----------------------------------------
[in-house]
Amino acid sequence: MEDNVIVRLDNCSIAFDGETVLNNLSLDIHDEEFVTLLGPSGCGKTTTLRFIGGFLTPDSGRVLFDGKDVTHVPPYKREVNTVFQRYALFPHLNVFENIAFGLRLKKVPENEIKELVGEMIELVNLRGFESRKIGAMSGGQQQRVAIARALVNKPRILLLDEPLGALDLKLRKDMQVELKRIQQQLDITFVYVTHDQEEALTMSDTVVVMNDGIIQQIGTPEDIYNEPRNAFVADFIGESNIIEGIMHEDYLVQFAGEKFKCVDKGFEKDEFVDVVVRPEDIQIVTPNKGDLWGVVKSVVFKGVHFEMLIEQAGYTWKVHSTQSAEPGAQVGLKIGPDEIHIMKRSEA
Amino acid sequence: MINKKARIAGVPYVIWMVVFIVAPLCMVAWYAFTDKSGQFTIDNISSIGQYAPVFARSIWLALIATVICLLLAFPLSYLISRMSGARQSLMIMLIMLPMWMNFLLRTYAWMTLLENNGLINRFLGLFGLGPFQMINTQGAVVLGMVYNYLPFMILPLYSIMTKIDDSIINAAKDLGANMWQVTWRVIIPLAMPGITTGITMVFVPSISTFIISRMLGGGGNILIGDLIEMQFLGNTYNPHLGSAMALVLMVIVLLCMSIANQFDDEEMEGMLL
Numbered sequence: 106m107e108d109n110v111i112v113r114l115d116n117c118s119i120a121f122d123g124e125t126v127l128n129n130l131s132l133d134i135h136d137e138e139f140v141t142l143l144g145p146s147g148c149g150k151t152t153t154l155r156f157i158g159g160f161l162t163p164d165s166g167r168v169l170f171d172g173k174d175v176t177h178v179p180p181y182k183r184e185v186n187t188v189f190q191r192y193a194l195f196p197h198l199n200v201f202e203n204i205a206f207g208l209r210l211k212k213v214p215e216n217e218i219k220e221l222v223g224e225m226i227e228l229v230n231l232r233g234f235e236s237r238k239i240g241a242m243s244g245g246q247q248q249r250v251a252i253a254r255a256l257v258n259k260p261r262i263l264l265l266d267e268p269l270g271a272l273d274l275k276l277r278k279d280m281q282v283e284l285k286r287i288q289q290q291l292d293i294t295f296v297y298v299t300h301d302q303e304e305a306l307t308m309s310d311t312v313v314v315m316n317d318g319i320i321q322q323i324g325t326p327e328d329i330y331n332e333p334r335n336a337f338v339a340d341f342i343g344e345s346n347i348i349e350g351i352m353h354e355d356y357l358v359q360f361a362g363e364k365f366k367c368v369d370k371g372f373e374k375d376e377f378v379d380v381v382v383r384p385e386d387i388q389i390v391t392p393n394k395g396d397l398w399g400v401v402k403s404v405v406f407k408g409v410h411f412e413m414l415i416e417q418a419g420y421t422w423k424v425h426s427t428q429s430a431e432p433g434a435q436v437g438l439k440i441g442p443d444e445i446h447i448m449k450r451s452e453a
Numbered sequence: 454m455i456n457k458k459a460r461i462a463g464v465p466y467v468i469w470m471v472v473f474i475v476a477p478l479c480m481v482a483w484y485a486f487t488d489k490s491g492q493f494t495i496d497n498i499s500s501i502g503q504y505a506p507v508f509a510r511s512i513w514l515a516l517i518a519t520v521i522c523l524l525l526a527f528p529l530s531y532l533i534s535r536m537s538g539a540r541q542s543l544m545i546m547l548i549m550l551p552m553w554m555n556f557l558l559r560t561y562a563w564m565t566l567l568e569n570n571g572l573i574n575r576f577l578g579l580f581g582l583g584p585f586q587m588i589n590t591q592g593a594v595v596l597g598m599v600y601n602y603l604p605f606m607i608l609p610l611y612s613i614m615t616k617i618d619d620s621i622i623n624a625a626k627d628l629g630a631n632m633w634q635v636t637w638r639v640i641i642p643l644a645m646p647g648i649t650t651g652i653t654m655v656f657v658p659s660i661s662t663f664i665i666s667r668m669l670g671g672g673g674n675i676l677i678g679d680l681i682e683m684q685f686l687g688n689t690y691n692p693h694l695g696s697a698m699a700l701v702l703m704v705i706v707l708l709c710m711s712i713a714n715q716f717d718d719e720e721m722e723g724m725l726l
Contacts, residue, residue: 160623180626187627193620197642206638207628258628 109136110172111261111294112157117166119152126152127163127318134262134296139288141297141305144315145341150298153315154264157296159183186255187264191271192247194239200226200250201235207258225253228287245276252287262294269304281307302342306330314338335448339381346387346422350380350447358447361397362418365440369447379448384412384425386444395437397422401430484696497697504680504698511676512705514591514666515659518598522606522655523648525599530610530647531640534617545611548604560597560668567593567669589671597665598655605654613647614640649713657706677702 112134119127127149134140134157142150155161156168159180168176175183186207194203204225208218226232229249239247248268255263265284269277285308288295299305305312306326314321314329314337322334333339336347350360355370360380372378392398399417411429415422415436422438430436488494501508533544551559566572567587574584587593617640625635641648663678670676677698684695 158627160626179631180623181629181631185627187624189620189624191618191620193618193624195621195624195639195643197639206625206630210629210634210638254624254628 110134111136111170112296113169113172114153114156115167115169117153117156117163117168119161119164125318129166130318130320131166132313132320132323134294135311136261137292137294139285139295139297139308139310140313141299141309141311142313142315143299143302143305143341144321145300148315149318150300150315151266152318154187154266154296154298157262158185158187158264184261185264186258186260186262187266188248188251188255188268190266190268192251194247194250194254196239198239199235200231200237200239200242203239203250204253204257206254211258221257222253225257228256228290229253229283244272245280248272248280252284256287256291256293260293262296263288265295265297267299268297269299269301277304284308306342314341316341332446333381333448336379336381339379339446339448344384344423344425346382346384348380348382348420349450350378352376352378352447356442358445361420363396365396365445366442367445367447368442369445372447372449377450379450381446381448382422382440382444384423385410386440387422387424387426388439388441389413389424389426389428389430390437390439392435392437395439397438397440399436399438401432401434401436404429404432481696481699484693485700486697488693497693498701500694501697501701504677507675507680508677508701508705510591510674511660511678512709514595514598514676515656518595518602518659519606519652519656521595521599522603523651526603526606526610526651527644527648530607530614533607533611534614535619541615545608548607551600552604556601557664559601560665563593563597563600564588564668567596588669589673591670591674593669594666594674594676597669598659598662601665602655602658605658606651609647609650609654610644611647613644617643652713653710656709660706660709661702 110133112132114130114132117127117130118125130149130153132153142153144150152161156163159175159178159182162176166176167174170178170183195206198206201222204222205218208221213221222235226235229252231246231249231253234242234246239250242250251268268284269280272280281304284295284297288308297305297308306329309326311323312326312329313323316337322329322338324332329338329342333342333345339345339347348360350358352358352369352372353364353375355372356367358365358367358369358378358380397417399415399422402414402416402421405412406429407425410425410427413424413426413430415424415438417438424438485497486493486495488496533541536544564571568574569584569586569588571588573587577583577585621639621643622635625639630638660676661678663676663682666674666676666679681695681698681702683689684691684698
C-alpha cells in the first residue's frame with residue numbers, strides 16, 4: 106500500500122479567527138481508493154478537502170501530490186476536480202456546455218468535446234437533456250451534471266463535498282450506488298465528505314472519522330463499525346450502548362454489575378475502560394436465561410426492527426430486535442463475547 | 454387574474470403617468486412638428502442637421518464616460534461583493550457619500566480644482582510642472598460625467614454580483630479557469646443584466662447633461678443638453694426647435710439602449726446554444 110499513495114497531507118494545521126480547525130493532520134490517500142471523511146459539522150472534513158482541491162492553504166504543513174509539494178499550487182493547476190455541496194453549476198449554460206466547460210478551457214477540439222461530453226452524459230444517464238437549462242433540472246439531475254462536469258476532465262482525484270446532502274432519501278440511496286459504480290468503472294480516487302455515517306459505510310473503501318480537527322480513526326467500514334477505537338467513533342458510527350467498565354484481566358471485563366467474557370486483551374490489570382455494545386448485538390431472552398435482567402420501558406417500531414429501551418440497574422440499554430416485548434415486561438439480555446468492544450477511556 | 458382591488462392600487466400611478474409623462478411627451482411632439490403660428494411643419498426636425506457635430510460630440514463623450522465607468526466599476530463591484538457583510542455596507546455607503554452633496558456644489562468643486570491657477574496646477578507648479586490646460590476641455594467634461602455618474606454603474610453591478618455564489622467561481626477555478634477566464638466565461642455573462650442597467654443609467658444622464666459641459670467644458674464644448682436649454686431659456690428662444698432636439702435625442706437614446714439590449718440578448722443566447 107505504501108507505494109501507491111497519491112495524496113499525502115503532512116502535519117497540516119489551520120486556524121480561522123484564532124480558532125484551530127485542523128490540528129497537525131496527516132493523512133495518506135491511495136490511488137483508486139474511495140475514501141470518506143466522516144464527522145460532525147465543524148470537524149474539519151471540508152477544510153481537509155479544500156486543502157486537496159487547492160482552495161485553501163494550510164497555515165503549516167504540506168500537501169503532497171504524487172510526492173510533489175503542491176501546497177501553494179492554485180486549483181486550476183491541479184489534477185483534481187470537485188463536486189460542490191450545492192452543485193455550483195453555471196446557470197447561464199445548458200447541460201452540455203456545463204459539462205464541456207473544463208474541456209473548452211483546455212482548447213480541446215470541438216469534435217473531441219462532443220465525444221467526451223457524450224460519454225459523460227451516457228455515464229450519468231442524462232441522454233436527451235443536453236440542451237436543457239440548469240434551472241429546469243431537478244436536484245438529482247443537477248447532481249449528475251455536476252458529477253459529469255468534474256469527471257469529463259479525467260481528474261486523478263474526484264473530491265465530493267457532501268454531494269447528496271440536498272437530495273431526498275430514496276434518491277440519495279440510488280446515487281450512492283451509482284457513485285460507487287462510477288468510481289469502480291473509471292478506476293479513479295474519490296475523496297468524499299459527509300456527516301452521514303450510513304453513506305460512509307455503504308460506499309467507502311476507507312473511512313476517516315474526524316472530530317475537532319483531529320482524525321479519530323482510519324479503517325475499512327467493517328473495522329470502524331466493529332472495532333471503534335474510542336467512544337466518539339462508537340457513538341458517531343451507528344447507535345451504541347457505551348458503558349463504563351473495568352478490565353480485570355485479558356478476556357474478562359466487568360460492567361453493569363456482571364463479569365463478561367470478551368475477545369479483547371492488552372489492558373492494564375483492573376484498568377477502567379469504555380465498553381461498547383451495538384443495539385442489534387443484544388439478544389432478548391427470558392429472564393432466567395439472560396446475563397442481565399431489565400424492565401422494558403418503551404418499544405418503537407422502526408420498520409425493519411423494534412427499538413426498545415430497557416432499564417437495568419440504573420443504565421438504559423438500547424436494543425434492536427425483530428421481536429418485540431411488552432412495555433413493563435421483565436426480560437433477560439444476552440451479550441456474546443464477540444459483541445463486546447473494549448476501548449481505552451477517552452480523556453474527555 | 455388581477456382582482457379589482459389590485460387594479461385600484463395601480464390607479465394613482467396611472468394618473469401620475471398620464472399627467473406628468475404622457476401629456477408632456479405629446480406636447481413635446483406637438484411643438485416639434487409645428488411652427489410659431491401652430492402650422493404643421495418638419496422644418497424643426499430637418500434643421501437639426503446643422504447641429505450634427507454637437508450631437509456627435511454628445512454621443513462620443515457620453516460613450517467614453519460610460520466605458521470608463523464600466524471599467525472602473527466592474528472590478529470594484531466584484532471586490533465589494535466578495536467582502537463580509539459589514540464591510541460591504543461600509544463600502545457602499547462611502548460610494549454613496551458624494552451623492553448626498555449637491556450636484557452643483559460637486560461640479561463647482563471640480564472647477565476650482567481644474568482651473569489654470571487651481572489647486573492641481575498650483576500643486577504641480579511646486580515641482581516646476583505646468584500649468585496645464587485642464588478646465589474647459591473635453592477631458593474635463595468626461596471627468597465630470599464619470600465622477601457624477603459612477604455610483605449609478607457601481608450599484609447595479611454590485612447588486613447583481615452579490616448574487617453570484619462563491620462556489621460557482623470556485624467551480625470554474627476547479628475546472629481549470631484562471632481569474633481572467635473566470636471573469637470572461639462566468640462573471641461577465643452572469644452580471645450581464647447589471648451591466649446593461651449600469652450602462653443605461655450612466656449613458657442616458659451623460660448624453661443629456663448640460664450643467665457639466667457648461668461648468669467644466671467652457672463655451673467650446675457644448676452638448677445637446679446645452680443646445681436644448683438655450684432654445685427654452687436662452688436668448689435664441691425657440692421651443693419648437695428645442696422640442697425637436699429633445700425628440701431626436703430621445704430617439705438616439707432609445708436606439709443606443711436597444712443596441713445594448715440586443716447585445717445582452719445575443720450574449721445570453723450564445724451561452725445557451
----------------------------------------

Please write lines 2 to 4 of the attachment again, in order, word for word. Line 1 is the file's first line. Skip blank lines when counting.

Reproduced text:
Amino acid sequence: MEDNVIVRLDNCSIAFDGETVLNNLSLDIHDEEFVTLLGPSGCGKTTTLRFIGGFLTPDSGRVLFDGKDVTHVPPYKREVNTVFQRYALFPHLNVFENIAFGLRLKKVPENEIKELVGEMIELVNLRGFESRKIGAMSGGQQQRVAIARALVNKPRILLLDEPLGALDLKLRKDMQVELKRIQQQLDITFVYVTHDQEEALTMSDTVVVMNDGIIQQIGTPEDIYNEPRNAFVADFIGESNIIEGIMHEDYLVQFAGEKFKCVDKGFEKDEFVDVVVRPEDIQIVTPNKGDLWGVVKSVVFKGVHFEMLIEQAGYTWKVHSTQSAEPGAQVGLKIGPDEIHIMKRSEA
Amino acid sequence: MINKKARIAGVPYVIWMVVFIVAPLCMVAWYAFTDKSGQFTIDNISSIGQYAPVFARSIWLALIATVICLLLAFPLSYLISRMSGARQSLMIMLIMLPMWMNFLLRTYAWMTLLENNGLINRFLGLFGLGPFQMINTQGAVVLGMVYNYLPFMILPLYSIMTKIDDSIINAAKDLGANMWQVTWRVIIPLAMPGITTGITMVFVPSISTFIISRMLGGGGNILIGDLIEMQFLGNTYNPHLGSAMALVLMVIVLLCMSIANQFDDEEMEGMLL
Numbered sequence: 106m107e108d109n110v111i112v113r114l115d116n117c118s119i120a121f122d123g124e125t126v127l128n129n130l131s132l133d134i135h136d137e138e139f140v141t142l143l144g145p146s147g148c149g150k151t152t153t154l155r156f157i158g159g160f161l162t163p164d165s166g167r168v169l170f171d172g173k174d175v176t177h178v179p180p181y182k183r184e185v186n187t188v189f190q191r192y193a194l195f196p197h198l199n200v201f202e203n204i205a206f207g208l209r210l211k212k213v214p215e216n217e218i219k220e221l222v223g224e225m226i227e228l229v230n231l232r233g234f235e236s237r238k239i240g241a242m243s244g245g246q247q248q249r250v251a252i253a254r255a256l257v258n259k260p261r262i263l264l265l266d267e268p269l270g271a272l273d274l275k276l277r278k279d280m281q282v283e284l285k286r287i288q289q290q291l292d293i294t295f296v297y298v299t300h301d302q303e304e305a306l307t308m309s310d311t312v313v314v315m316n317d318g319i320i321q322q323i324g325t326p327e328d329i330y331n332e333p334r335n336a337f338v339a340d341f342i343g344e345s346n347i348i349e350g351i352m353h354e355d356y357l358v359q360f361a362g363e364k365f366k367c368v369d370k371g372f373e374k375d376e377f378v379d380v381v382v383r384p385e386d387i388q389i390v391t392p393n394k395g396d397l398w399g400v401v402k403s404v405v406f407k408g409v410h411f412e413m414l415i416e417q418a419g420y421t422w423k424v425h426s427t428q429s430a431e432p433g434a435q436v437g438l439k440i441g442p443d444e445i446h447i448m449k450r451s452e453a